By Maria Bruno-Britz
Pamela Joseph, vice chairman at U.S. Bancorp and chairman & CEO of the bank's payments subsidiary NOVA Information Systems, was a featured speaker at this year's TowerGroup Financial Services Business & Technology Conference. Joseph's presentation covered NOVA's strategy for going international and at the same time provided attendees with some good advice for doing so.According to Joseph, NOVA is the only part of U.S. Bancorp that has an international presence. Before being acquired by the bank in 2001, NOVA began to realize just how much smaller the world was becoming. "We had clients with orders coming in from around the world," she said. "That's when we realized we had to change. Based on our customers' international reach, we had to push out globally."
NOVA's business model involves creating partnerships with banks in other countries in order to gain a foothold there. It provides about 4,000 banks with its payments services using proprietary software. Everything NOVA does is electronic, Joseph noted. She says this is especially important in the rapidly changing European payments market with the advent of the single euro payments area (SEPA).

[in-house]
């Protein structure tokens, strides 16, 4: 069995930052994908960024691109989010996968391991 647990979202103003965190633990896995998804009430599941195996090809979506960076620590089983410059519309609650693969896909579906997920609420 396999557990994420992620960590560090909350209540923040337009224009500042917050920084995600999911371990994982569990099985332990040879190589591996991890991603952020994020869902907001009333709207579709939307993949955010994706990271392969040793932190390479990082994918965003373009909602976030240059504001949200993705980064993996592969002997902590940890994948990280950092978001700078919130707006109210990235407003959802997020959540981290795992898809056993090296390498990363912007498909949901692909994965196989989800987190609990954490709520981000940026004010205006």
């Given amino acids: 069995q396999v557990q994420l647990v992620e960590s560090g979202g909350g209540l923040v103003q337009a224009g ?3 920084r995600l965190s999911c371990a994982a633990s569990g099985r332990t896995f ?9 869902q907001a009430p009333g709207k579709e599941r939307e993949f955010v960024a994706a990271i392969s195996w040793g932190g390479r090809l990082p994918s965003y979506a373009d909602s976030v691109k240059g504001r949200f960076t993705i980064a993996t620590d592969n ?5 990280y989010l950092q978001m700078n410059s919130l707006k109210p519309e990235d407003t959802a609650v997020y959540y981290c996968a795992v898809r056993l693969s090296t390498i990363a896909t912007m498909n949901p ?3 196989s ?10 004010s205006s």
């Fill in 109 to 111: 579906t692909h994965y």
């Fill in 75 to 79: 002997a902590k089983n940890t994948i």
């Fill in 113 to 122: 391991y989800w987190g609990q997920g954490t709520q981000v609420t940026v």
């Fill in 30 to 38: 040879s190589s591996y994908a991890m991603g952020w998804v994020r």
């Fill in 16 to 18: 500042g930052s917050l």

It's first venture into the international space was with Bank of Ireland. The deal allowed NOVA to help the bank expand its presence beyond the Emerald Isle. Through a joint venture with BofI, euroConex, a top five European payment processor and processor of dynamic currency conversion, was founded.
It's never easy to become a global organization, but there are a few things to keep in mind as a company develops a strategy for doing so, Joseph reminded attendees. Among her suggestion for a financial services firm that wishes to go international:
• Don't be afraid to ask for outside help. • Look for countries with currency stability and a stable political environment. • It helps if an American company enters another English-speaking country. • Start where the infrastructure exists. • Start with a low-risk business. • Seek out strategic partners who are local. • Always have a local tax accountant on hand. • Understand the legal challenges of the other country. • Understand worker dynamics: language, culture, and work ethic. Joseph noted, for example, that NOVA's European operations will never be quite as productive as they are in the U.S. due to different work schedules in European countries. • The way you do things in the U.S. may not work elsewhere.